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NAS Oceana Air Show welcomes big crowds, thousands of students, and trailblazing aviators

29 September 2023

From Jackie Parashar, NASO Public Affairs

The 2023 NAS Oceana Air Show welcomed a crowd of over 306,000 patrons last weekend, including over 6,300 students from area public schools to enjoy one of the world’s largest field trips on Friday before the air show.  The annual NAS Oceana Air Show is a way for the Navy to give back to the community by sharing the best naval aviation has to offer. Free and open to the public, this year’s event drew families from across the country and around the world to meet the exceptional men and women of all service branches of our military.
VIRGINIA BEACH, Va. – The 2023 NAS Oceana Air Show welcomed a crowd of over 306,000 patrons last weekend, including over 6,300 students from area public schools to enjoy one of the world’s largest field trips on Friday before the air show.  
 
The annual NAS Oceana Air Show is a way for the Navy to give back to the community by sharing the best naval aviation has to offer. Free and open to the public, this year’s event drew families from across the country and around the world to meet the exceptional men and women of all service branches of our military. 
 
“This air show is such a great example of the strong relationship we have with our surrounding community,” said NAS Oceana Capt. Steve Djunaedi. “The success of the air show belongs to all of us here in Virginia Beach and across the Hampton Roads area. It represents what we are able to accomplish when we come together.” 
 
This year’s theme, 50 Years of Women in Naval Aviation, honored the Navy’s women trailblazers, from “The First Six” to earn their Wings of Gold in 1973, to the brave women who have since chosen to serve their Nation in the skies. One distinguished visitor was Capt. Mary Louise Griffin (ret), who was the 12th woman in history to earn her Wings of Gold in 1976, and was only the second woman assigned to tactical aircraft. 
 
“It was a fantastic weekend celebrating this important milestone with so many remarkable active duty service members, who are the future of our Fleet,” said Griffin. “I think the entire event was masterfully planned and executed. This is the best face forward for the Navy I have seen in decades!” 
 
It took a big team to pull off this world-class air show, bringing together nearly 1,000 military volunteers, municipal partners from the cities of Virginia Beach, Chesapeake, and Suffolk, two different school systems, and over 50 local businesses. 
 
For the science, technology, engineering, and math (STEM)-focused field trip on Friday, NAS Oceana welcomed students, chaperones, and teachers from Chesapeake Public Schools and Virginia Beach City Public Schools to enjoy 182 unique STEM engagements, from robots to 3-D printers. Fifty STEM-focused organizations turned out to support, including NASA and Naval Expeditionary Combat Command.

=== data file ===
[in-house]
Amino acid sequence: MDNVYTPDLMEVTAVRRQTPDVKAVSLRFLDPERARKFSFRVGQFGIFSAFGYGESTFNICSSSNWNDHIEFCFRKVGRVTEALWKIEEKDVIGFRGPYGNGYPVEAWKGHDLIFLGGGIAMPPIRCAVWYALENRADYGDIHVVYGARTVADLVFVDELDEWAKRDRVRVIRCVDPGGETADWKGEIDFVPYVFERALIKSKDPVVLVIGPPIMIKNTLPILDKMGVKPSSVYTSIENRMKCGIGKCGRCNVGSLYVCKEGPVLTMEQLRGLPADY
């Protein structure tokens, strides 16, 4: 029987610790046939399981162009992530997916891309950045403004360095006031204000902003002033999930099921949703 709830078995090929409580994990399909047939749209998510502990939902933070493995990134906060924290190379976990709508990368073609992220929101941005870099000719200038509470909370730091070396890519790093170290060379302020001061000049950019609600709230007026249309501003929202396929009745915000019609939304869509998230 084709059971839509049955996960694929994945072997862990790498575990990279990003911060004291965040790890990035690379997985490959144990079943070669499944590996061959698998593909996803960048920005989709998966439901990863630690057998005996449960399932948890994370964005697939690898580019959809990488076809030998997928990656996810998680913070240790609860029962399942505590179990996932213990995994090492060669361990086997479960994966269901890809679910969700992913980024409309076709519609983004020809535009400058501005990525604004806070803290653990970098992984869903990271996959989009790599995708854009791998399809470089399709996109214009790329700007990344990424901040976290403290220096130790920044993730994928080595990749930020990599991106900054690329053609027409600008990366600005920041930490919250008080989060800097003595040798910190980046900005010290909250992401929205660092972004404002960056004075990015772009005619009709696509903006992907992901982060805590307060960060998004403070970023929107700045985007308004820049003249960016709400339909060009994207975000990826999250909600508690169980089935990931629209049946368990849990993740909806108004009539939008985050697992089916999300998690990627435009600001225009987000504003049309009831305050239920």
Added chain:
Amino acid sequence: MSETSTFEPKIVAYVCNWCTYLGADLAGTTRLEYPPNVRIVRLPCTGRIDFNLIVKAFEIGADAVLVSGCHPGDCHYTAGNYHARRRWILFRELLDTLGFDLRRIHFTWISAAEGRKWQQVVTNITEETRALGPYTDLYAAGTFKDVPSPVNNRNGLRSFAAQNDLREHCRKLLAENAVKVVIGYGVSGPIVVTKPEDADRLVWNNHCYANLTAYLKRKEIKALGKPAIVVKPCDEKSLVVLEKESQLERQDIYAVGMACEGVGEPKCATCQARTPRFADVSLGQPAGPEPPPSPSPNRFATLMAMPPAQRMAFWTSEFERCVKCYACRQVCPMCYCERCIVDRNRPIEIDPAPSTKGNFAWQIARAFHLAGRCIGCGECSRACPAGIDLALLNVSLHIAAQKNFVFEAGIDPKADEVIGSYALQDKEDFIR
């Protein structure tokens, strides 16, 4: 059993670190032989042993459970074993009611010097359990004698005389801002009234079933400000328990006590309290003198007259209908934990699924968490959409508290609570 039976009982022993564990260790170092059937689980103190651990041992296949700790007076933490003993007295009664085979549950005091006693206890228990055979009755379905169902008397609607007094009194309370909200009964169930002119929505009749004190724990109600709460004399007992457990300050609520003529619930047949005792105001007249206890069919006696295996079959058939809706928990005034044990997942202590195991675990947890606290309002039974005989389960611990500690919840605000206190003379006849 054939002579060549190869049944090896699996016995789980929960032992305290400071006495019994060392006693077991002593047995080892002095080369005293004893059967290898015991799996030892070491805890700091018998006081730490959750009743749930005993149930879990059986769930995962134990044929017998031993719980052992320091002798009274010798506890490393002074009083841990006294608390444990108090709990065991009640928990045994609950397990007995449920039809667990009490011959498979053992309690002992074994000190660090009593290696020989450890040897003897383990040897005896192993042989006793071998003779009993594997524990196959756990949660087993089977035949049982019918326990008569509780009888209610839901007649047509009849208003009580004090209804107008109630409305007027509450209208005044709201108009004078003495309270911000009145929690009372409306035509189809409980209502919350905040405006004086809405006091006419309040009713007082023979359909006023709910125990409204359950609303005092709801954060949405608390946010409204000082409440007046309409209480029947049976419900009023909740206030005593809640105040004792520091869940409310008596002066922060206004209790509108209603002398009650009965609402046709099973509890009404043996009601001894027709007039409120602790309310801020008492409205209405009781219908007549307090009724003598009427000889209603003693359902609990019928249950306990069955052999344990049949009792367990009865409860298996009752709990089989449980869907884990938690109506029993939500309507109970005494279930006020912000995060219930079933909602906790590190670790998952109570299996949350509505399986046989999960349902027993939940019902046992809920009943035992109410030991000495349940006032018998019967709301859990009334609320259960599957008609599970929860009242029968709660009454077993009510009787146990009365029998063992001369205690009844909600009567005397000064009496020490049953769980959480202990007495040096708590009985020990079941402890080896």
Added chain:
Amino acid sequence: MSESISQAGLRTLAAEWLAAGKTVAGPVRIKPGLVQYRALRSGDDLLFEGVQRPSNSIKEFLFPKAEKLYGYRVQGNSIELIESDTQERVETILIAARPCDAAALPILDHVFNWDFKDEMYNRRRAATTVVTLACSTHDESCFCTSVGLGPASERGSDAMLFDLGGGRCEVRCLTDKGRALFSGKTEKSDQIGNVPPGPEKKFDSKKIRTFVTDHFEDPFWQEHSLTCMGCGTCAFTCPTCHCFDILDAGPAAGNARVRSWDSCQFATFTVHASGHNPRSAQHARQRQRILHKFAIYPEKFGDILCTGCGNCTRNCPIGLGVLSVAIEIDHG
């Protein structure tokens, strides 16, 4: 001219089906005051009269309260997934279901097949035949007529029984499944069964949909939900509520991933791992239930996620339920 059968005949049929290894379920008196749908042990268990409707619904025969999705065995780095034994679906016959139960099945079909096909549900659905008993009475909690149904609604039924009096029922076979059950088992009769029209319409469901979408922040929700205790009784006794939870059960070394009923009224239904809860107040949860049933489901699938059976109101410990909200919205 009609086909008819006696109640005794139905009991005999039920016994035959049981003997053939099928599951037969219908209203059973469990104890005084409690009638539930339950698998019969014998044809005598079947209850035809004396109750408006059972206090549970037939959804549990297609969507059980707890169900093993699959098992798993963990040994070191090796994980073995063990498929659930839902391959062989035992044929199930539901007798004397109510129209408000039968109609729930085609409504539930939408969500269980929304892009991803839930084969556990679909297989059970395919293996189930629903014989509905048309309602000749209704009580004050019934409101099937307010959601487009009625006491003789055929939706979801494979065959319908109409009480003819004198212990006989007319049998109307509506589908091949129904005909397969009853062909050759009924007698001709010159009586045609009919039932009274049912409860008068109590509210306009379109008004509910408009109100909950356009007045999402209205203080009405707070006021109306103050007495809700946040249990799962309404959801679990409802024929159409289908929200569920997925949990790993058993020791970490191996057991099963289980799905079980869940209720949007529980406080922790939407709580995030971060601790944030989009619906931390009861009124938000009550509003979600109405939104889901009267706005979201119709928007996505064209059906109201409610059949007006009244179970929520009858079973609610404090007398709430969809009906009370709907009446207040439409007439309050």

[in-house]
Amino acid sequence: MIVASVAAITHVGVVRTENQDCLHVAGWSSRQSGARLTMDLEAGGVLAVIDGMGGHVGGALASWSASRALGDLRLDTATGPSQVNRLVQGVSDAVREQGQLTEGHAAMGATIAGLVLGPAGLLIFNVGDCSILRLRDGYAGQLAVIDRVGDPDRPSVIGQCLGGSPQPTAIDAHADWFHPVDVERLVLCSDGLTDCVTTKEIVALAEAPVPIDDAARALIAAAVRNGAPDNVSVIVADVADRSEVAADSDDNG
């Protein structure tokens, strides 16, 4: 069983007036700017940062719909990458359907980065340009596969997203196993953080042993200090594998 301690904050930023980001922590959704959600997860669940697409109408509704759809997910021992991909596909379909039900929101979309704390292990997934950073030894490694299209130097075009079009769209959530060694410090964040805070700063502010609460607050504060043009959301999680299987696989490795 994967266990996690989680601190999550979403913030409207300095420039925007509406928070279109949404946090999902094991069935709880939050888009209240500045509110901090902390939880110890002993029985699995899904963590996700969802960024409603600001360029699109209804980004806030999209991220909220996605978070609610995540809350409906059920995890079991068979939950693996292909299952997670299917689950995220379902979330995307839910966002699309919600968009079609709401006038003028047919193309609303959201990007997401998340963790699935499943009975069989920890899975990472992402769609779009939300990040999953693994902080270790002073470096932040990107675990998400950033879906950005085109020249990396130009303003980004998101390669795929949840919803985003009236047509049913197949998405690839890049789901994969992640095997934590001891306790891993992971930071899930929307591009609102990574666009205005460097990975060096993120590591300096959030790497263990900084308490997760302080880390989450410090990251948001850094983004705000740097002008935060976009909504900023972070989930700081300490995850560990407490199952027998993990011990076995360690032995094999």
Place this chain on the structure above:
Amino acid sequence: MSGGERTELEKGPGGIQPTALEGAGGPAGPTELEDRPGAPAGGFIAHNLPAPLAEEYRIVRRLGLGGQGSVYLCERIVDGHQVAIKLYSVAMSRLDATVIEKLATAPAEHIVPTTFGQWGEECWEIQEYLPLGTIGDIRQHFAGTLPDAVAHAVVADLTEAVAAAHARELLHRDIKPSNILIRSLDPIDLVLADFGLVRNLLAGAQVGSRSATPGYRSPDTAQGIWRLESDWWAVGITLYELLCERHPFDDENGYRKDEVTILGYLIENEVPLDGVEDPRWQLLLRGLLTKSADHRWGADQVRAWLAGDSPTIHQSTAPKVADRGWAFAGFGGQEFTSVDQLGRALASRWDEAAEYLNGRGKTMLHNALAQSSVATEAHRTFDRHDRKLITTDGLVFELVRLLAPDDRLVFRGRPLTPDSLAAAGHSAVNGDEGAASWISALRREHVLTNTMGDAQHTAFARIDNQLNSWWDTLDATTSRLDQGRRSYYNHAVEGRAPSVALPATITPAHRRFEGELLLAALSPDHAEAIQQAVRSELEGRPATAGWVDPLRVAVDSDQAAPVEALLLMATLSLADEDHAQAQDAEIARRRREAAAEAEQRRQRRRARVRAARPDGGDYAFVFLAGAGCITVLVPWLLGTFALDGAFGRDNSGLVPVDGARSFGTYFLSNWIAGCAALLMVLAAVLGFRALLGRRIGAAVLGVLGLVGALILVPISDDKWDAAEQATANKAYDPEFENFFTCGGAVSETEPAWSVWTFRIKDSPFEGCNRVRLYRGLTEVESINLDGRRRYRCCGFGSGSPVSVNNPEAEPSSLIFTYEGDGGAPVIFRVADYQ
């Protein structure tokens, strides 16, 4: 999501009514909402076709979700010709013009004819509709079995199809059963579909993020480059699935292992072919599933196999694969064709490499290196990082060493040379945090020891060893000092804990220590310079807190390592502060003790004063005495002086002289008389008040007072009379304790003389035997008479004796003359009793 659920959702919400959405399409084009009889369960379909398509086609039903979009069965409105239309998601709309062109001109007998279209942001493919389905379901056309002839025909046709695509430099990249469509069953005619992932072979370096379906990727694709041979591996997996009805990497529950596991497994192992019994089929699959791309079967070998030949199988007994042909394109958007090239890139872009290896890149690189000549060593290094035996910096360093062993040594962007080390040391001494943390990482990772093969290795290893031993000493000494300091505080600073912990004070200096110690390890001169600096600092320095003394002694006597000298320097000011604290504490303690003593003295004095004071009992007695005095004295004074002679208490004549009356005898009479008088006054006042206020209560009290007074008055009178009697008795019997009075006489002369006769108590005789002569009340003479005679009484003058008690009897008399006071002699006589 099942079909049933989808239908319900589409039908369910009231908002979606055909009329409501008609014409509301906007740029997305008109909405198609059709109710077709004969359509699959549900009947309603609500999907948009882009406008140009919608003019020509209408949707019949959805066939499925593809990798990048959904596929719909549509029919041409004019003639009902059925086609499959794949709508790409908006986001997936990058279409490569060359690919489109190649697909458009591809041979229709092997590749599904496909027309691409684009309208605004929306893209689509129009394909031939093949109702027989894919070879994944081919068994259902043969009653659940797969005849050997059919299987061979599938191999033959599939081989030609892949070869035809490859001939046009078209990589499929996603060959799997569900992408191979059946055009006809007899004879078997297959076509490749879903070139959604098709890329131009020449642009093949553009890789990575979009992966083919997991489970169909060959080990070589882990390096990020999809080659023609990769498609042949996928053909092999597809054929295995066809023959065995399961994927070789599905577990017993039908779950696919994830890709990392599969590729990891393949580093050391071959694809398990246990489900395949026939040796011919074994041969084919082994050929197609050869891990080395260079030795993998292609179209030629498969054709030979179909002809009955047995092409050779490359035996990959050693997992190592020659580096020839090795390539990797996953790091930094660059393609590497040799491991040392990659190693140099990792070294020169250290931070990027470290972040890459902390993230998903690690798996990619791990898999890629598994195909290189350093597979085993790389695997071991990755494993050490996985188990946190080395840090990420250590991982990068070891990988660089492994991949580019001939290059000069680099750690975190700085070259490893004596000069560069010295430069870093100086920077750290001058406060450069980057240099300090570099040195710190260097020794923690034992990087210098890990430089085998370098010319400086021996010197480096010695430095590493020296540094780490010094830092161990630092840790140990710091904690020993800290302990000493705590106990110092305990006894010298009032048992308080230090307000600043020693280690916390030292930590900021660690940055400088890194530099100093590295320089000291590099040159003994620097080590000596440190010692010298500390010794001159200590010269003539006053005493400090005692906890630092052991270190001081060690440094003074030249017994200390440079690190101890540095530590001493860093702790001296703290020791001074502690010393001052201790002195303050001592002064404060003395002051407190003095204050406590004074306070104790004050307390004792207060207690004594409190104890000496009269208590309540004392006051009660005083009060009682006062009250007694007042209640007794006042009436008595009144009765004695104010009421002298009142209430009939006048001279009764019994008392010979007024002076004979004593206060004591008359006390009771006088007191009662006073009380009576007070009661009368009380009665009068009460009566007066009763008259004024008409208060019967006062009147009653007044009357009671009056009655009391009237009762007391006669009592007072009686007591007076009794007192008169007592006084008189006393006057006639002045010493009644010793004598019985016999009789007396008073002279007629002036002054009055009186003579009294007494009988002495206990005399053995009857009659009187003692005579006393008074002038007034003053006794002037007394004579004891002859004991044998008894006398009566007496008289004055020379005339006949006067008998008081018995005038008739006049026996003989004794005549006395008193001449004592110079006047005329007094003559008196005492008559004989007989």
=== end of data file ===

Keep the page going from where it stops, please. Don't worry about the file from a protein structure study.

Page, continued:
Emergency responders came together too. Joining Navy Region Mid-Atlantic Fire and Emergency Services were seven different first response organizations from across the state of Virginia. Supplementing the Navy’s Security Forces during the event were local, state, and federal organizations, in total comprising of over 400 security specialists.   
 
Without the continued support from the local community, free, family-friendly events like the NAS Oceana Air Show would not be possible. 
 
“On behalf of Team Oceana, I would like to extend our thanks to our neighbors for supporting NAS Oceana, and for enabling our mission,” said Djunaedi. “And thank you for supporting the brave men and women who serve in our military.” 
 
For those who could not attend the air show in person, this was the second year in a row the air show was streamed live, for audiences around the world see and enjoy for free. Anchored by the Navy Exchange Service Command and Navy Morale, Welfare and Recreation, the two-day broadcast featured local sailor shout-outs, vendor profiles, performer spotlights, cockpit video, and live interviews with military demonstration pilots and other aviation subject matter experts. So far, the broadcast has been viewed in over 58 countries, 95,000 times over the span of 17,000 hours, and with just under 900,000 impressions. 
   
 

Contact

Jackie Parashar, Public Affairs Officer
jacqueline.s.parashar.civ@us.navy.mil
(757) 433-3155
 

News from Around CNRMA